By now Granta had shifted to Penguin. It had grown stouter, more various and cosmopolitan, ever more book-like, its issues firmly themed. It took on a sharpened political edge (James Fenton on the fall of Saigon, for instance). With writers like Bruce Chatwin, Colin Thubron, Jonathan Raban and many more, the Eighties also saw a powerful revival of travel writing, social and political reportage, the higher journalism, matching the decline of British provincialism. It also saw a surge of interest in South American and Central European "Magic Realism"; all went into the magazine.
If one high point was Granta's quick and well-judged response to the radical new mood in fiction and prose-writing generally that brightened up the early part of the otherwise grim and Thatcherite early Eighties, another was its response to events at the end of the decade. There had already been much excellent reportage of the political world of Western and Eastern Europe - from Hans Magnus Enzensberger and Timothy Garton Ash, for instance. But a 1990 issue, "New Europe", captured the new condition of the world, and (as usual) alerted readers to the widening of the imagination it demanded.
There was one obvious loss - in the amount of new fiction Granta printed. Fresh writers appeared often, but the excitement of innovation began to diminish. It was nothing less than the Nineties mood. By 1993, when the magazine offered its new batch of the "Best of Young British Writers", sourness surrounded the whole enterprise. The second coming was not like the first. The climate of fiction - one of our key explorers and indicators of the forms and imaginative energies of a much-changed times - seemed almost as faded as our political leaders or our thinkers.
For those who see the Nineties as a weary, wasted time (there are plenty of them around), the pages of Granta frequently serve as the ultimate confirmation. And certainly the old, urgent magazine has changed in mood. Almost entirely devoted to non-fiction and strong reportage, held together by its thematic format, apt to reprint the same writers, it has grown much closer to a magazine New York Review of Books than to, say, Penguin New Writing or Horizon.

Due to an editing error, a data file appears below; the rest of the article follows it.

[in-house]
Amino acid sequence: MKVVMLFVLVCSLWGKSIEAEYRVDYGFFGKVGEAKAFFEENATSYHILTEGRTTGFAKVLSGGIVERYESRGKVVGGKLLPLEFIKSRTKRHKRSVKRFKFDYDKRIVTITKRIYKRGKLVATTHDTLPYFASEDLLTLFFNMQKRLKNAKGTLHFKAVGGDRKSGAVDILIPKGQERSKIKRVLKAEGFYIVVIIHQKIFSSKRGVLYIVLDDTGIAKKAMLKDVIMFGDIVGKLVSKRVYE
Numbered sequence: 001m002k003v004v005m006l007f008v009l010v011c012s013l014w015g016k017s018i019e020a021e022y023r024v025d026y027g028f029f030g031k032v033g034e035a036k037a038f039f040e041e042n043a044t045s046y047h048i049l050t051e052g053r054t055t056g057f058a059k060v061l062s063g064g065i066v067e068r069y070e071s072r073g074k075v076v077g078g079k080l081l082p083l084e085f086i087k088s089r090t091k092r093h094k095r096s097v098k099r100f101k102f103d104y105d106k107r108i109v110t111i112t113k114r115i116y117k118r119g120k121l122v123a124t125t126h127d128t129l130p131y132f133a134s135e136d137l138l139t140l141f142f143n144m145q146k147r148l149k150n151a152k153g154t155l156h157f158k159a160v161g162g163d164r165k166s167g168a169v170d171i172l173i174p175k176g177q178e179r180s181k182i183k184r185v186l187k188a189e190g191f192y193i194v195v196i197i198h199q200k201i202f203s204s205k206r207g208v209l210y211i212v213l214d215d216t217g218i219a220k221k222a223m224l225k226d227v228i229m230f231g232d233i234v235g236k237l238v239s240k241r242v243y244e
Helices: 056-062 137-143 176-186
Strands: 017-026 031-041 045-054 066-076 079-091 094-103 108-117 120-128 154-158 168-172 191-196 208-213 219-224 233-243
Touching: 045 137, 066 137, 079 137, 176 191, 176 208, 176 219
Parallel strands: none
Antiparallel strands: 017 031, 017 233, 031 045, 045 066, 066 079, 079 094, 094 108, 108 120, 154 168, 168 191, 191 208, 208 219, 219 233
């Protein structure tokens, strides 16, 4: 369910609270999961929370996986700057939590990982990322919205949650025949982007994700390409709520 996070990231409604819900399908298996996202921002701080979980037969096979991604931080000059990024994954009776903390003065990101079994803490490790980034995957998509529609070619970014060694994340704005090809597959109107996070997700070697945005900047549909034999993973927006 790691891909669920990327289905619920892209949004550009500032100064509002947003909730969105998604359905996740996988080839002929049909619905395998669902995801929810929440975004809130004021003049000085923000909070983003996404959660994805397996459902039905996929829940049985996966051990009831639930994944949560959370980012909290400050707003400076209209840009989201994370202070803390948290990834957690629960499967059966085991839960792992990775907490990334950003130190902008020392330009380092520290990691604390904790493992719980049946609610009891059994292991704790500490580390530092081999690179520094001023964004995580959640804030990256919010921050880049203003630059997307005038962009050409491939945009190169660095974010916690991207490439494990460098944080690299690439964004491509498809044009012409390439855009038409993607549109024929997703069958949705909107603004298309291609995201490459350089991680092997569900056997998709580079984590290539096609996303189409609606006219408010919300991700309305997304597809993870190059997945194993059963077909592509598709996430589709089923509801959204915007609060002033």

Wonderfully long-lived (the lives of literary magazines are famously brief), Granta is now positively institutional. Writers bemoaning their cultural fate are today inclined to complain that what once was a major outlet for a new short story, a trying-out place for a venturesome novel, isn't any longer, and that the magazine of news and novelty is, well, almost predictable. This is a serious issue. Decline in support for and confidence in the process for serious and experimental fiction is a worrying cultural and publishing phenomenon. Especially if you happen to be a brilliant young writer.
The admirable and burly Buford is soon leaving the magazine and these shores, to take the desirable post of literary editor of the New Yorker. He is to be replaced by Ian Jack, who has resigned from the editorship of the Independent on Sunday to take the job.
The task looks fascinating - and quite formidable. Some would say we need not so much a new Granta as the old one, a forcing ground for fresh energy in fiction (which, for all the epochal dismay, isn't absent from the scene). The fact remains that Granta is a fine achievement, and still the best we've got; life and writing would be much poorer without it. So would tomorrow's research students. When the literary-cultural accountancy of the last 15 years comes to be properly written, Granta, and Bill Buford, will have to take a big place in the record.Reuse content